Rittenhouse trial: Jurors hear impassioned closing arguments ahead of deliberation
KENOSHA, Wis. (CBS 58) -- After a marathon day of closing arguments, jurors in the Kyle Rittenhouse case will begin deliberating Tuesday. Monday, the state and defense made their final plea to jurors. Each side had two and a half hours to make their case.
Prosecutor Thomas Binger spoke first. He wanted the jury to see Kyle Rittenhouse as an armed-vigilante who provoked the situation and killed two unarmed men. Over and over Binger showed the jury part of a done video, taken shortly before the Joseph Rosenbaum shooting.
"The defendant sets the fire extinguisher down with his left hand and then brings his left hand over to the gun and raises it and points," Binger said as the clip played for jurors.
This is the video the jury is watching now. State says it shows Rittenhouse point his gun at someone, then Rosenbaum charges him. State says Rosenbaum was trying to stop him.#KyleRittenhousepic.twitter.com/5qxFSKWMf5— Kristen Barbaresi (@KristenBarbar) November 15, 2021
But later in the defense's closing argument, Rittenhouse's defense attorney Mark Richards lashed out at the provocation claim, saying of Binger, "When his case explodes in his face, now he comes out with provocation."
Binger: "When the defense provokes the incident, he loses the right to self-defense. You cannot claim self-defense against a danger you create. That's critical right here. If you're the one who is threatening others, you lose the right to claim self-defense."#KyleRittenhousepic.twitter.com/QqPX36Z33t— Adam Rife (@AdamRifeReports) November 15, 2021
Richards tore into the prosecution's case, likening the state's push to convince the jury Rittenhouse provoked the threats as an act of desperation. Richards said, "Did you hear one word out of Mr. Binger's mouth about provocation? You didn't. Because it was never said."
Binger said the video proves Rittenhouse pointed his gun at someone, and that’s why Joseph Rosenbaum ran at him. "Under Wisconsin law you're not allowed to run around and point your gun at people," Binger said. "That's the provocation. This is what starts this incident."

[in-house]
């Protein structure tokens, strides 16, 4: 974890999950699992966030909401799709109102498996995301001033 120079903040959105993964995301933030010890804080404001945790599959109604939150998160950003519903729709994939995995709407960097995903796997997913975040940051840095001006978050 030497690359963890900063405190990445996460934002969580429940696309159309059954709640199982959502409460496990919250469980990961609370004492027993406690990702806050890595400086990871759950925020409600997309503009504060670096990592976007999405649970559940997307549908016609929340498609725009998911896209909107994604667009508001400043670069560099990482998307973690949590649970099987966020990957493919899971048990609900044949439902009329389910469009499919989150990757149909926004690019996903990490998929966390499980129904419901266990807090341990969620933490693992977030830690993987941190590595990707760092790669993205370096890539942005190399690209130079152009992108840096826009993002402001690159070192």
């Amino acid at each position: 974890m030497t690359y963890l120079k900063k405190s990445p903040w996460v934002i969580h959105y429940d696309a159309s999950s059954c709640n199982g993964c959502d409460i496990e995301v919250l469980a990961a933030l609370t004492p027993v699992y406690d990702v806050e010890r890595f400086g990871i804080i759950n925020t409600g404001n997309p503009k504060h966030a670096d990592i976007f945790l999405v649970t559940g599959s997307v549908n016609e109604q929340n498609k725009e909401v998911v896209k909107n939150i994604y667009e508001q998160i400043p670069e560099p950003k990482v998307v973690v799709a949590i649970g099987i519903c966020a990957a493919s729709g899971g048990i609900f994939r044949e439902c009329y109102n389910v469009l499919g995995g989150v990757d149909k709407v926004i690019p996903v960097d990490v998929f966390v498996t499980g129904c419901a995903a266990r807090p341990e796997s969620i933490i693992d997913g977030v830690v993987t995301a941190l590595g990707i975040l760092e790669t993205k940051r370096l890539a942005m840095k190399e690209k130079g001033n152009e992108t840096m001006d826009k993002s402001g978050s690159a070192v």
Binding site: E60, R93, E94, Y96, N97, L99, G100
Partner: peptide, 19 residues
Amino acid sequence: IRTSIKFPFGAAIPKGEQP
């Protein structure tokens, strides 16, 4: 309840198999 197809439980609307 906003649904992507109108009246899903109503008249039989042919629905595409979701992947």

But Richards countered the state's claim that Rosenbaum did not threaten Rittenhouse that night, saying Rosenbaum was four feet away and closing in on Rittenhouse when he was shot. Richards used a tape measure to stand four feet from the jury box as he said, "Mr. Rosenbaum was shot because he was chasing my client, and going to kill him, and take his gun, and carry out the threats he made."
On the stand earlier in the week, Rittenhouse had testified Rosenbaum threatened him earlier that night. But Binger asked for proof. "The defense pinned a lot of their case on a threat they can't prove," Binger said. "It's not there. It didn't happen. It's not on video."
After Rosenbaum was shot, Binger argued the crowd thought Rittenhouse was an active shooter. But Richards pushed back against that claim. He showed video of Rittenhouse running several blocks without shooting anyone, claiming he was trying to reach police in order to turn himself in. Richards said, "Kyle is zero threat to anyone. This active shooter BS is something Mr. Binger is trying to sell you people."
In the state's closing argument, Binger hailed Anthony Huber and Gaige Grosskreutz as heroes who tried to stop the threat but ended up getting shot. "That crowd did something I'm not sure I would have the courage to do," Binger said. "Anthony Huber was different, jump-kick man was different, Gaige Grosskreutz was different."
Rittenhouse had testified he shot Grosskreutz because he pointed a handgun. Binger called Rittenhouse a hypocrite. "The hypocrisy of the defense," Binger said. "Anyone with a gun is a threat, unless you’re the defendant."
But Richards later said Rittenhouse did not shoot Grosskreutz until Grosskreutz pointed his handgun at him. Grosskreutz originally did not tell law enforcement he was holding the gun when he was shot. He has since filed a lawsuit as a result of his injuries. Richards said, "Grosskreutz has $10 million reasons to lie. And we all know he did lie."
After more than two hours of arguing his case, Binger urged jurors to convict. "No reasonable person would have done what the defendant did and you should find him guilty."
And at the end of the defense's argument, Richards again told the jury Rittenhouse was threatened and acted in self-defense, and that those actions are protected under the law. "Ladies and gentlemen, it's a tough choice, but the evidence only leads to one conclusion: that is Kyle Rittenhouse's conduct on August 25 was privileged based upon the actions of Mr. Rosenbaum and others."
Richards: Ladies and gentlemen, that's the case. There was no threatening behavior that started this. Mr. Rosenbaum was hell bent on causing trouble that night...Kyle Rittenhouse's behavior was protected under the law in the state of Wisconsin.#KyleRittenhouse— Kristen Barbaresi (@KristenBarbar) November 15, 2021
The prosecution got the first and last word Monday because it has the burden of proof. After the defense’s closing arguments, Binger's co-counsel, James Kraus, spent 30 minutes making a rebuttal argument.
The jury will return to court at 9 a.m. Tuesday morning. Then the 18 jurors will be whittled to the 12 that will decide the case. They'll then deliberate the five remaining counts against Rittenhouse.
Watch all of Monday's court proceedings below: